Stuart Chale 02-08-2018 09:05 PM

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The accessory pack includes a tail wheel bracket (without wheel), It is light and worked fine on the Allure. The metal gear wire did break where it enters the bracket during its second season but I have had almost all brands fail at one point or another. Wire and connectors for the pull pull rudder are included. Cap screws with nuts for axels. There is a ply battery tray and rudder servo tray. The rudder tray is a bit flimsy and would definitely need some added structure. I usually use 1/8" end grain balsa fiberglass composite for these although this has been harder to find in the last few years and the quality has not been the same as it used to be :) The included ply can at least be used as a template if you want to replace it. Battery straps are included and new with the Alchemy is a 1.5 mm carbon fiber plate cut into servo arms and horns. I believe these might be made by Jason Arnold of Australia. At least they match what he has on his site as being produced there. There are 2 rudder servo arms, one for pull pull and one if you mount the rudder servo in the back of the fuse. There are 2 arms to attach to the aileron servos and 6 control horns. 3 different sizes. The smallest 2 go to the rudder. Not sure if the larger 2 are for the elevators or ailerons. Perhaps Bryan or Jason will chime in :) There are also additional reinforcement for the servo cutouts on the rudder tray and for the elevator servos.

Stuart Chale 02-08-2018 09:12 PM

My field is closed till April so I will not be in a rush to finish the build. First steps will be to get the plane on its wheels. Hopefully to be done in the next couple of days :)
Stuart Chale
D1 pilot

Stuart Chale 02-10-2018 01:54 PM

2 Attachment(s)
I did hear from the designer, Bryan Hebert, the Larger carbon Fiber horns are meant for the elevator, the medium ones for the ailerons and the smallest for the rudder.

Stuart Chale 02-10-2018 03:20 PM

Main Gear
 
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Throughout the build process one has to keep the weight of everything added in mind. With my flying style and perhaps the elevation/air density in my area, I find I use High 3's to 4000 mAH per masters flight. I prefer the extra overhead that I get with the 6000 mAH packs over the 5000's. But this also means extra weight that needs to be accounted for. So careful selection of components and use of glues etc. must be kept in mind at all times. Just because Epoxy will work in one area it doesn't mean that you can't get away with a lighter substitute. For a lot of the construction you are gluing parts to somewhat weak materials so you can easily get away with lightening the epoxy being used by adding micro balloons. Choosing between different materials for servo and battery trays can help. Choosing one tail wheel assembly over another, using aluminum screws etc. On servo extensions I usually use the lighter gauge wire. Especially in electrics where we use under 80 mAH per flight it is hard to believe that we need heavy gauge servo wire. That can be a bunch of grams going to the tail servos.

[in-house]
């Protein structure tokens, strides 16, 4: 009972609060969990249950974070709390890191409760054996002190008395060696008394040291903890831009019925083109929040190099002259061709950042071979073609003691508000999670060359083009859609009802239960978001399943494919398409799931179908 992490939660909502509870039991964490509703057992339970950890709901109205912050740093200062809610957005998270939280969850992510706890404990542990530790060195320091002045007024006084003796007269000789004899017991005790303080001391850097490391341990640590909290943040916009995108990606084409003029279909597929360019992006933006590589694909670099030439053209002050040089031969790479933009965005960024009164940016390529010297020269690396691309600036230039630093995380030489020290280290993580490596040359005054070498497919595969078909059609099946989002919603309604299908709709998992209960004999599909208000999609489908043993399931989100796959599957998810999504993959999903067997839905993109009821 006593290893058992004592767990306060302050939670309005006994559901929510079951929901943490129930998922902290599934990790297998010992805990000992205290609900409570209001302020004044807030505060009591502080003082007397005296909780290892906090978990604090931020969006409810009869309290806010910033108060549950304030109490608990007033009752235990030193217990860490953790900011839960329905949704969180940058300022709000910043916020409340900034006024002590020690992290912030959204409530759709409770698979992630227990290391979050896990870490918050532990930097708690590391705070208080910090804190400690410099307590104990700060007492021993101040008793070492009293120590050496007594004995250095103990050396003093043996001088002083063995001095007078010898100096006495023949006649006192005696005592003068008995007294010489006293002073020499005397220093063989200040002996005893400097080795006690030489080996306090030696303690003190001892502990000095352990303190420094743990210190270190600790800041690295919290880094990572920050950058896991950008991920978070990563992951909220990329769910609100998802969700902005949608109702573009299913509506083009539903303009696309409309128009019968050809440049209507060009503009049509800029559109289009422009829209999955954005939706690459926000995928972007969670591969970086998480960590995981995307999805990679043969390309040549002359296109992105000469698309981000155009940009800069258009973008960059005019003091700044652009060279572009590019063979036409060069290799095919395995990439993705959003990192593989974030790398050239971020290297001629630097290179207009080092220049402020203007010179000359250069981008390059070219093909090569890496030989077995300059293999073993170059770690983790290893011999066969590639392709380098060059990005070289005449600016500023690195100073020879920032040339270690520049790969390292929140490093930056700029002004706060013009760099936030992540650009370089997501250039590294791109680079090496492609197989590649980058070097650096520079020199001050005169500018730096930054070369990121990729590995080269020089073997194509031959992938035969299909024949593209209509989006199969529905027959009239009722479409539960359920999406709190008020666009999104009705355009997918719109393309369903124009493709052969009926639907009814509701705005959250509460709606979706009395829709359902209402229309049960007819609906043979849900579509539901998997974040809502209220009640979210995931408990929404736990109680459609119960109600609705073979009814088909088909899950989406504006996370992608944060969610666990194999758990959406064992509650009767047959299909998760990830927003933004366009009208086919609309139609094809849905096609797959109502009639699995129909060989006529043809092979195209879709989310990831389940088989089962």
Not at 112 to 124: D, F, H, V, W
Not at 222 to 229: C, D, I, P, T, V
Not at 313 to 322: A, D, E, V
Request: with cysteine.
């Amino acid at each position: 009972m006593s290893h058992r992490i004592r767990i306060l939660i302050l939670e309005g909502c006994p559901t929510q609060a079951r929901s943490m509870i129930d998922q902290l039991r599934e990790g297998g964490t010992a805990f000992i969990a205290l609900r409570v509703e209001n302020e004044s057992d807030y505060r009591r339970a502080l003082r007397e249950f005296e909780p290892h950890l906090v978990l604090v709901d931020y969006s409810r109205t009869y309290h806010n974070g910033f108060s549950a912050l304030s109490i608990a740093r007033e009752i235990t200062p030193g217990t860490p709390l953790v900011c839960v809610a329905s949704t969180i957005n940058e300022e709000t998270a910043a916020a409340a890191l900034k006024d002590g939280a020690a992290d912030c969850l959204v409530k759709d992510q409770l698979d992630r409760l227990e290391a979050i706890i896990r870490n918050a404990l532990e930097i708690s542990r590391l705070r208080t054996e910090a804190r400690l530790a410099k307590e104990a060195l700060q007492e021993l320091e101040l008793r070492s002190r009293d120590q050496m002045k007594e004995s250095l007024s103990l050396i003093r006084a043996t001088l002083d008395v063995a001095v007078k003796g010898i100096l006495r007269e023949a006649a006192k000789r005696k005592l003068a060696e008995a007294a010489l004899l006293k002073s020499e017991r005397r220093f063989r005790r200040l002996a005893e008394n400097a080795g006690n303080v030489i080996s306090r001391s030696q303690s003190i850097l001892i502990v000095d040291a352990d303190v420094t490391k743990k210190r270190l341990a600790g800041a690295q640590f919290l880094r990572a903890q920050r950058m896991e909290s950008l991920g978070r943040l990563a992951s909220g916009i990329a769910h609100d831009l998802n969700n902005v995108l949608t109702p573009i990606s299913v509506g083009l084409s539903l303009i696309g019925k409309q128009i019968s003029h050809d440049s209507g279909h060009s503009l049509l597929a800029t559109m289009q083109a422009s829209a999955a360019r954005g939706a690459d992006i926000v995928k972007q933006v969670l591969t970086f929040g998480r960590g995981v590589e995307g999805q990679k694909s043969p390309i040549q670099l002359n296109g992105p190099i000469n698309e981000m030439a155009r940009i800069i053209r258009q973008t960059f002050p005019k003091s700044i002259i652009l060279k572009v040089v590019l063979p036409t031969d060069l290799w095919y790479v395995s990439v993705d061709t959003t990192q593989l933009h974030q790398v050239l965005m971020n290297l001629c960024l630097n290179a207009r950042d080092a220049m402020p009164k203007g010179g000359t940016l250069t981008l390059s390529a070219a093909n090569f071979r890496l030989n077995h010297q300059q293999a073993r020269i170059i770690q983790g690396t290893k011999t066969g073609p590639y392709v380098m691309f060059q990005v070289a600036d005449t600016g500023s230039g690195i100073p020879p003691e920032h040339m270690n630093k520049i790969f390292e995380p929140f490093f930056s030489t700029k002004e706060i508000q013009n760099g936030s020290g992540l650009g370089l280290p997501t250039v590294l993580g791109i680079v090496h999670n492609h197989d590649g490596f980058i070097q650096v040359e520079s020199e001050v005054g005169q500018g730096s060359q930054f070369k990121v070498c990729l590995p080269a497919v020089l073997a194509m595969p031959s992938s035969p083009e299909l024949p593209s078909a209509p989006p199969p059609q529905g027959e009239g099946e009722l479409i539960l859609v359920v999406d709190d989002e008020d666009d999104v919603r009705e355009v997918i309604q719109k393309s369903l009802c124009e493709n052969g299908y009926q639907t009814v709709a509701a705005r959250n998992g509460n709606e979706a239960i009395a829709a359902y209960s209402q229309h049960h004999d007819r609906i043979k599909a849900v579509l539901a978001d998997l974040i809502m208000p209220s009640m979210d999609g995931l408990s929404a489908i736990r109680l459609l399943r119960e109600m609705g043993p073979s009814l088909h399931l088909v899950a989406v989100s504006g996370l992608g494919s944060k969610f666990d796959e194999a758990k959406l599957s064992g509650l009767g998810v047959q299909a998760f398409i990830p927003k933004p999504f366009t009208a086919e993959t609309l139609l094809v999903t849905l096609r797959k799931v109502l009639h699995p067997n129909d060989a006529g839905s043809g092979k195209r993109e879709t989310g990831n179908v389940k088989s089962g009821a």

I always start out putting the plane on it's wheels. This allows me to have it on the bench without a big cradle and I also hang my pattern planes by their main gear against the wall vertically for storage. So I can get it out of the way if I need my work bench for I don't know lets say a house project that my better half wants done :)

Choice of wheels, axles and mounting method can provide weight savings. Generally as far as axles and wheels the lighter you go the more they will wear and need replacing. We could use much heavier real rubber wheels and buy 1 set for the life of the plane, steel axles will hold up much better as well. Most of us chose the foam rubber tire wheels that may need to be replaced once or more during the season based on how much you fly and from what surface. I only get out once a week or so during the flyable months but fly off asphalt and go through 2 or 3 sets of main wheels per season.

My preference for axles is to use NMP aluminum axles which I have been using for quite some time. They are the lightest wheel mount I have found although being aluminum they will wear and may need to be replaced , so keep an eye on them if you use them. They use an E-clip for wheel retention which is also about as light as you can get. A pair complete only weighs about 5 gms.

I use the Axel and a second 2 - 56 cap screw with blind nut to hold the wheel pant to the leg. The axel retention screw goes through a piece of 1/8" lite ply glued to the inside of the wheel pant. Center this at the wheel well opening. I use blue painters tape and mark this position extending a line vertically on the gear leg side. Make sure both pants match and that you are making a left and a right :)